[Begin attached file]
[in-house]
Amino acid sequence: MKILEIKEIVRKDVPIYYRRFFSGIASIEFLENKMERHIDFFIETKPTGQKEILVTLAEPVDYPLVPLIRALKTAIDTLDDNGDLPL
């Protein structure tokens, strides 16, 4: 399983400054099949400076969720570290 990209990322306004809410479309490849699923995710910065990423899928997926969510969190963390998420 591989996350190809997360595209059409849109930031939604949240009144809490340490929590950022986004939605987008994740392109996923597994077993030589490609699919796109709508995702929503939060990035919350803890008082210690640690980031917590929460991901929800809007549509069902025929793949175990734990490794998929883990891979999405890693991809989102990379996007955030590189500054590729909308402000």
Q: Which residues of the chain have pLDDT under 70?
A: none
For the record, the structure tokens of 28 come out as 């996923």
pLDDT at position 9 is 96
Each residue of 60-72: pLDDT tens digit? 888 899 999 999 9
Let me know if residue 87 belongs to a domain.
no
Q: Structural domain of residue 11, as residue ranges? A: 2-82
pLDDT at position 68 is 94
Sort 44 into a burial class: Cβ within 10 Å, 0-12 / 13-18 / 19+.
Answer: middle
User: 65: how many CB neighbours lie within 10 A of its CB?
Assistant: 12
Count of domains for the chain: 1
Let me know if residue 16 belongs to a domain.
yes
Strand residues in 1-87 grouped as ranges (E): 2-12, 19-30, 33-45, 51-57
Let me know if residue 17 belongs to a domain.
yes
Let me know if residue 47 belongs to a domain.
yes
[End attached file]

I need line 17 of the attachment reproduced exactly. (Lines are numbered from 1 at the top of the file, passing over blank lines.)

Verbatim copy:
Count of domains for the chain: 1